“It must also be considered whether the device incorporates a measuring function or not, whether it’s implantable or active or whether or not it contains a substance which, in its own right, is considered to be a medicinal substance and has action ancillary to that of the device.

“In general, the higher a medical device on the EU’s classification system, the greater the implied risk,” continued Hogan. “Therefore, greater data is generated to support the regulatory approval – which all means more time, money and resources.” The EU classification of medical devices is as follows:

  • Class 1 (basic) – e.g. tongue depressor;
  • Class 1 (sterile) – e.g. surgical glove;
  • Class 1 (measuring) – e.g. thermometer;
  • Class 2a – e.g. surgical blade, blood-pressure monitor;
  • Class 2b – e.g. ventilators, orthopaedic implants;
  • Class 3 – e.g. pacemakers.

When it comes to the design and development of a medical device, Hogan explained that there is a formal development process that meets requirements such as ISO 13485. “You have to be specific on the intended use and identify applicable standards,” Hogan advised.

“For example, when it’s product based, it’s ISO 27427; risk based are ISO 14971; for biocompatibility, it’s ISO 10993; for electrical safety, there’s ISO 60601; and for usability (ergonomics), ISO 62366 will apply. This is a ‘stage gated’ development process with the cross-functional team. Product conceptual testing, verification and validation must all demonstrate that the product is proven and safe to use.”

Hogan explained that medical devices have a staged development – clinical input from a practising specialist in the intended use application is required throughout the process. “Phase I deals with initiation, opportunity and risk analysis; Phase II deals with formulation, concept and feasibility; Phase III looks at design and development, verification and validation; Phase IV examines final validation and product launch preparation; and Phase V deals with product launch and post-launch assessment,” said Hogan.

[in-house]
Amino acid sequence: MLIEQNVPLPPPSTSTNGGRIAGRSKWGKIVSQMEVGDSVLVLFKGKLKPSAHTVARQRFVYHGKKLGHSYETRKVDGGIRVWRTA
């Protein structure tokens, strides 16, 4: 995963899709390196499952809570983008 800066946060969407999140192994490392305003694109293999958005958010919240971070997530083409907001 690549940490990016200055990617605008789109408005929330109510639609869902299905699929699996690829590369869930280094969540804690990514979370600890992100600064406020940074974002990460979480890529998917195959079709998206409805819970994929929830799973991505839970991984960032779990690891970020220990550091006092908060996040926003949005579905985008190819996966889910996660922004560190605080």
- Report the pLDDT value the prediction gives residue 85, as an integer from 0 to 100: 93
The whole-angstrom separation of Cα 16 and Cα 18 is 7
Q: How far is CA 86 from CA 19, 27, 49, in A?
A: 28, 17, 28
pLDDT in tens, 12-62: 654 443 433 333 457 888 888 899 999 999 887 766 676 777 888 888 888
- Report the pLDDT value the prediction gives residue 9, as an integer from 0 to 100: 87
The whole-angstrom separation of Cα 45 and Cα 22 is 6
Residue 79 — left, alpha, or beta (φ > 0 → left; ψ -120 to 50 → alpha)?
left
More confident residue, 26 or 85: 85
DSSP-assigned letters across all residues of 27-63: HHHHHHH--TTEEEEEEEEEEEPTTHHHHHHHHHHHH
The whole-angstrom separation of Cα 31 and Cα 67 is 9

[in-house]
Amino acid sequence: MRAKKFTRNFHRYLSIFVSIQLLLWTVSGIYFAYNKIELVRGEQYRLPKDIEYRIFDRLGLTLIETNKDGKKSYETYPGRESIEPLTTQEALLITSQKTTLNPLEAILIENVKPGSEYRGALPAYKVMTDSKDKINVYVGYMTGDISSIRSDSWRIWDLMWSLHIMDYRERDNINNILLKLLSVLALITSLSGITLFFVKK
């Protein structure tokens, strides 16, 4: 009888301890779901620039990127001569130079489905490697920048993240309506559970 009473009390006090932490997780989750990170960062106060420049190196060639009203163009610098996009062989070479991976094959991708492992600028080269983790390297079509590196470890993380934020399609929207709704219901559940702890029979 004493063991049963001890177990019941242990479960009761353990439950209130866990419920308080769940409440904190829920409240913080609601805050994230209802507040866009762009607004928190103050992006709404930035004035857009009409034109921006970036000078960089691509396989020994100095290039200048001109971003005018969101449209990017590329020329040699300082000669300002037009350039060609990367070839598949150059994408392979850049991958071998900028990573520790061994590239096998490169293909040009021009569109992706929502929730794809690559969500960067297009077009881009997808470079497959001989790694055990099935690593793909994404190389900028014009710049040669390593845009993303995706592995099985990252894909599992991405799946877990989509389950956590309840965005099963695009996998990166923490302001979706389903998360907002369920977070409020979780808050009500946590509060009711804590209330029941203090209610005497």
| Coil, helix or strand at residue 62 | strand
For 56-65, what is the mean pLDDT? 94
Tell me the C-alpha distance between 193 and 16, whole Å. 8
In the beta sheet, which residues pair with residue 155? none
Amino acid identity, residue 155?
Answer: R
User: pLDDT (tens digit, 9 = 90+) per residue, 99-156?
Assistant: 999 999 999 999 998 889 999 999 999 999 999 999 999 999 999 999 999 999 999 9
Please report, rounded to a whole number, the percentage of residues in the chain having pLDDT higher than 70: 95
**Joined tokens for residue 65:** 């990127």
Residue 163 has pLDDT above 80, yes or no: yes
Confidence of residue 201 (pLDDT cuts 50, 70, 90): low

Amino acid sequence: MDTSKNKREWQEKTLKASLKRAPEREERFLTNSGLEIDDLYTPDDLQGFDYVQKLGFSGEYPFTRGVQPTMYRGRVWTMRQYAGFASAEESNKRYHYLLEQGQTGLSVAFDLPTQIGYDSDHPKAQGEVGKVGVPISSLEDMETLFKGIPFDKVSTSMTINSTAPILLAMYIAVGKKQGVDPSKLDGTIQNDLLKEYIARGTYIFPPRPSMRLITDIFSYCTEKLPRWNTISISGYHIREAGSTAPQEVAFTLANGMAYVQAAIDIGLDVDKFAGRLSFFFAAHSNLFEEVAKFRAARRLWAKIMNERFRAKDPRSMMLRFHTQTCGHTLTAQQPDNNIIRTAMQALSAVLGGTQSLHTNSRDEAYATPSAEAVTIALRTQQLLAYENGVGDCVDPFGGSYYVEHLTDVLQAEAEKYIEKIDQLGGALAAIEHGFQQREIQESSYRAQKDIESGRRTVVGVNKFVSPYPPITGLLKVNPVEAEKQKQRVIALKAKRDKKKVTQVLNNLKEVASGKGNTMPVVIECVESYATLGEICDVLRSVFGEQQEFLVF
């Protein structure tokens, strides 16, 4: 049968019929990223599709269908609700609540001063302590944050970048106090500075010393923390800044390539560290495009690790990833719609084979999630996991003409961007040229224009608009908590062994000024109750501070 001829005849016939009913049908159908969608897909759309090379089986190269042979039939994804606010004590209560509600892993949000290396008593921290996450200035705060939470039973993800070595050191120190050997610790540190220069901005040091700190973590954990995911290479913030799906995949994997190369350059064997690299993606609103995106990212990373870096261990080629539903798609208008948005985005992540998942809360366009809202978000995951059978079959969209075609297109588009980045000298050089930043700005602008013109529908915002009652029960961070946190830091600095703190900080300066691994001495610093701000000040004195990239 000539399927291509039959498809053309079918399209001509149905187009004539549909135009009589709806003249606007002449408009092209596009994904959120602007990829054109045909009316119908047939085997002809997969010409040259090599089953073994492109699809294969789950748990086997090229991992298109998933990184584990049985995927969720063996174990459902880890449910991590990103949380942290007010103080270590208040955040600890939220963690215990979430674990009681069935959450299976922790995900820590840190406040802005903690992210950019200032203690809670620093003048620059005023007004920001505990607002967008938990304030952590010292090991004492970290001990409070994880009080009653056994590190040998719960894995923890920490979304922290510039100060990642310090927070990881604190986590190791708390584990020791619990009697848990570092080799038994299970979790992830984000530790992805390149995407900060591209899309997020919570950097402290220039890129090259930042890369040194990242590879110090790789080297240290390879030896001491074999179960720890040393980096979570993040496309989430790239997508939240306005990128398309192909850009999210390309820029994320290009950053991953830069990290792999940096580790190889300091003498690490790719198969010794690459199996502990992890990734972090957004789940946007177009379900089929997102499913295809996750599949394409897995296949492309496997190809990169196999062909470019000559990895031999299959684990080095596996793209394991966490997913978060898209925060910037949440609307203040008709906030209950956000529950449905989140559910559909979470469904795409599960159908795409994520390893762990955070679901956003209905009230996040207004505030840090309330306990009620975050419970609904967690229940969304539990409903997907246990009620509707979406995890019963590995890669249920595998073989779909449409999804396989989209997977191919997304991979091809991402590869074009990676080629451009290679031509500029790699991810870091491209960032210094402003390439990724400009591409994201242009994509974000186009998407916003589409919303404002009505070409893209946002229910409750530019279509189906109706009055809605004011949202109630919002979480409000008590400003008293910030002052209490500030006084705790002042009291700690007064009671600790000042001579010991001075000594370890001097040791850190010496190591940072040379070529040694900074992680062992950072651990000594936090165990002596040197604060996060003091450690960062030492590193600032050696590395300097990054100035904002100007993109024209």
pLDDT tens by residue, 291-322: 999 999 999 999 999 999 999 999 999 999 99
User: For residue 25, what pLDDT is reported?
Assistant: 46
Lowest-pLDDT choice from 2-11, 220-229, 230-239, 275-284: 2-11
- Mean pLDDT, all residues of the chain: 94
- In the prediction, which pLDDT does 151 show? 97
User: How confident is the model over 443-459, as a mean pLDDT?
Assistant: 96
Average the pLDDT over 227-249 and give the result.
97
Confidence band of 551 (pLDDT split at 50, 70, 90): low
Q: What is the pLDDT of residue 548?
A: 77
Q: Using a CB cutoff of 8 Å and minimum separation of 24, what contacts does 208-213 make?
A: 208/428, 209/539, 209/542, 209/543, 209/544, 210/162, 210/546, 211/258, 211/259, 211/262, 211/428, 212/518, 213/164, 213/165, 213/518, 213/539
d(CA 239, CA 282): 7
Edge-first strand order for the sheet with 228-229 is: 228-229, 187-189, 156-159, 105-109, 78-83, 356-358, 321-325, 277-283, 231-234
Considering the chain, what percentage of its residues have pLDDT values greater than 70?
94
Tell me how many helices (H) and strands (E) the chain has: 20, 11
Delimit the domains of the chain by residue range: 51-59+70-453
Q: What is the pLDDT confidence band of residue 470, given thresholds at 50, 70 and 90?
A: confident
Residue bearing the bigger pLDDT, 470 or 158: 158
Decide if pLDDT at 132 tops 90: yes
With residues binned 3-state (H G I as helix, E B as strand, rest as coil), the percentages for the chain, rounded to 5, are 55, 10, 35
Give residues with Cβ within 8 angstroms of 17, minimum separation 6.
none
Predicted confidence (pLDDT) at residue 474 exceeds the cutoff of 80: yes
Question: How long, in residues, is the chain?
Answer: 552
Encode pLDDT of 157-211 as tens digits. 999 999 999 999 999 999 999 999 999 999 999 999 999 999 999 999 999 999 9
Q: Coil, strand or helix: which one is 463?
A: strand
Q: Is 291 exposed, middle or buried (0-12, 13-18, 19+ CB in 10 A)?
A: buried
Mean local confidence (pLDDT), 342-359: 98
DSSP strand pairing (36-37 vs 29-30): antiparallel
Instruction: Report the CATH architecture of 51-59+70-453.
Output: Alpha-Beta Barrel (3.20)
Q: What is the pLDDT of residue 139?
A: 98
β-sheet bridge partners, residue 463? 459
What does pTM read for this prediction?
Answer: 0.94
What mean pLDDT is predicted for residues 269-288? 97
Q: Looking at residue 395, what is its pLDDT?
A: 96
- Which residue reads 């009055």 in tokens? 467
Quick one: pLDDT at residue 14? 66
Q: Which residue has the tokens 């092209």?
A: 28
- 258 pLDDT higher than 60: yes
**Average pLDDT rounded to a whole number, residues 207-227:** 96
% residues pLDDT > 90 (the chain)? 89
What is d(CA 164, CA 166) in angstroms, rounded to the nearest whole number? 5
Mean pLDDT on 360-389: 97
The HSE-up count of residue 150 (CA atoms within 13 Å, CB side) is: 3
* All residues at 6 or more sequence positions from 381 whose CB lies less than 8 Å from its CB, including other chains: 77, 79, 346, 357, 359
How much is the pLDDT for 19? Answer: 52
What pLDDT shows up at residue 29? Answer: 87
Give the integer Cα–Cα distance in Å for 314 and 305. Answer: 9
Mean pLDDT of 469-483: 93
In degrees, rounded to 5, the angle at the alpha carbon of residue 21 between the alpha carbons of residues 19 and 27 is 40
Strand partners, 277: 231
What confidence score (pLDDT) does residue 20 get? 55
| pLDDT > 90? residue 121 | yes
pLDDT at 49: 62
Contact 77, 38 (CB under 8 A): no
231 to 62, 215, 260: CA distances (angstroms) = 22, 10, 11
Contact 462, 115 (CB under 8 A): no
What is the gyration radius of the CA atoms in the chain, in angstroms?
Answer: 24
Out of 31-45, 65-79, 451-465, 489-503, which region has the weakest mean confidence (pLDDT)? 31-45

Product approval testing must demonstrate fitness for purpose and compliance, and there are many different product tests to be passed. Some are to recognised standards, while others are to specifically developed test methods.

  • Mechanical – tensile, compression, leak etc;
  • Metallurgical – grain structure, composition and hardness;
  • Accelerated ageing – specify a shelf life;
  • Electrical – resistance, frequency, dissipation, electromagnetic compatibility, safety;
  • Aerosol science – particle size and distribution;
  • Environmental – humidity, temperature;
  • HALT – High Accelerated Life Testing;
  • Medical – ventilator with artificial lungs;
  • Human factors – usability and ergonomics of use;
  • Software – verification and validation;
  • Biocompatibility – effects of materials on body and effect of body on materials.


When it has been demonstrated that the product design meets its intended requirements, approval file must be submitted to the regulatory authority. In Europe, this means the notified body (such as the NSAI). “Feedback can be provided in a few weeks, if a review slot is pre-booked, but you can expect many questions to be asked,” said Hogan. “If it’s risk based, they may want to push you to a higher risk classification, which generally needs more data, with added time and cost.”